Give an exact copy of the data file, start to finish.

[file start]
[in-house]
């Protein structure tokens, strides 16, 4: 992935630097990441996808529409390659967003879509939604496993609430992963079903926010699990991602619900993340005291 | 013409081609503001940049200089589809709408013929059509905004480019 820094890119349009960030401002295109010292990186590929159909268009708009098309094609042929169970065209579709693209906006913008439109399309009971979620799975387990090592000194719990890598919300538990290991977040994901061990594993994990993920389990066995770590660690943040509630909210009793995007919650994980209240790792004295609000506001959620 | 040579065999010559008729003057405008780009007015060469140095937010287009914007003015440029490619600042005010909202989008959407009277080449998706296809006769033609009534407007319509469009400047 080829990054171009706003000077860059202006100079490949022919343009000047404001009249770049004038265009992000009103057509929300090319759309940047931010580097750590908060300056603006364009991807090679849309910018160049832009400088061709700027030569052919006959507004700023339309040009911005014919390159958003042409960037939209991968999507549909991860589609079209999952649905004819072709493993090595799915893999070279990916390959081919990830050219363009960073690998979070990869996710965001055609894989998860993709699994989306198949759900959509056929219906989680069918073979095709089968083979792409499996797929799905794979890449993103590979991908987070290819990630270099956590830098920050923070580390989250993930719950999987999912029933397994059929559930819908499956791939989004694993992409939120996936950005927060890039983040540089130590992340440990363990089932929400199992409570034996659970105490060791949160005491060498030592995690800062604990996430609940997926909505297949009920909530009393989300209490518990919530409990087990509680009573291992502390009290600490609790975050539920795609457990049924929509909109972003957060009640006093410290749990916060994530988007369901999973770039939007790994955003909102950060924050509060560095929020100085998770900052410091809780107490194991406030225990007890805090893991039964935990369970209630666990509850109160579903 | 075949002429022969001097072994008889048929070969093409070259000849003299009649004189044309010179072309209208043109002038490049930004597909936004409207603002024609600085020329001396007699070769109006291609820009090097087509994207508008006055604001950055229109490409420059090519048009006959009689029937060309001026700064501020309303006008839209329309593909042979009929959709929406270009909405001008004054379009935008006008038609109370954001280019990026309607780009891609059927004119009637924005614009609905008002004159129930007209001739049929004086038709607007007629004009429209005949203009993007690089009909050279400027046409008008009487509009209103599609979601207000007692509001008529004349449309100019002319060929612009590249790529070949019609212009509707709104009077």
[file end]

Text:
[in-house]
């Protein structure tokens, strides 16, 4: 992935630097990441996808529409390659967003879509939604496993609430992963079903926010699990991602619900993340005291 | 013409081609503001940049200089589809709408013929059509905004480019 820094890119349009960030401002295109010292990186590929159909268009708009098309094609042929169970065209579709693209906006913008439109399309009971979620799975387990090592000194719990890598919300538990290991977040994901061990594993994990993920389990066995770590660690943040509630909210009793995007919650994980209240790792004295609000506001959620 | 040579065999010559008729003057405008780009007015060469140095937010287009914007003015440029490619600042005010909202989008959407009277080449998706296809006769033609009534407007319509469009400047 080829990054171009706003000077860059202006100079490949022919343009000047404001009249770049004038265009992000009103057509929300090319759309940047931010580097750590908060300056603006364009991807090679849309910018160049832009400088061709700027030569052919006959507004700023339309040009911005014919390159958003042409960037939209991968999507549909991860589609079209999952649905004819072709493993090595799915893999070279990916390959081919990830050219363009960073690998979070990869996710965001055609894989998860993709699994989306198949759900959509056929219906989680069918073979095709089968083979792409499996797929799905794979890449993103590979991908987070290819990630270099956590830098920050923070580390989250993930719950999987999912029933397994059929559930819908499956791939989004694993992409939120996936950005927060890039983040540089130590992340440990363990089932929400199992409570034996659970105490060791949160005491060498030592995690800062604990996430609940997926909505297949009920909530009393989300209490518990919530409990087990509680009573291992502390009290600490609790975050539920795609457990049924929509909109972003957060009640006093410290749990916060994530988007369901999973770039939007790994955003909102950060924050509060560095929020100085998770900052410091809780107490194991406030225990007890805090893991039964935990369970209630666990509850109160579903 | 075949002429022969001097072994008889048929070969093409070259000849003299009649004189044309010179072309209208043109002038490049930004597909936004409207603002024609600085020329001396007699070769109006291609820009090097087509994207508008006055604001950055229109490409420059090519048009006959009689029937060309001026700064501020309303006008839209329309593909042979009929959709929406270009909405001008004054379009935008006008038609109370954001280019990026309607780009891609059927004119009637924005614009609905008002004159129930007209001739049929004086038709607007007629004009429209005949203009993007690089009909050279400027046409008008009487509009209103599609979601207000007692509001008529004349449309100019002319060929612009590249790529070949019609212009509707709104009077």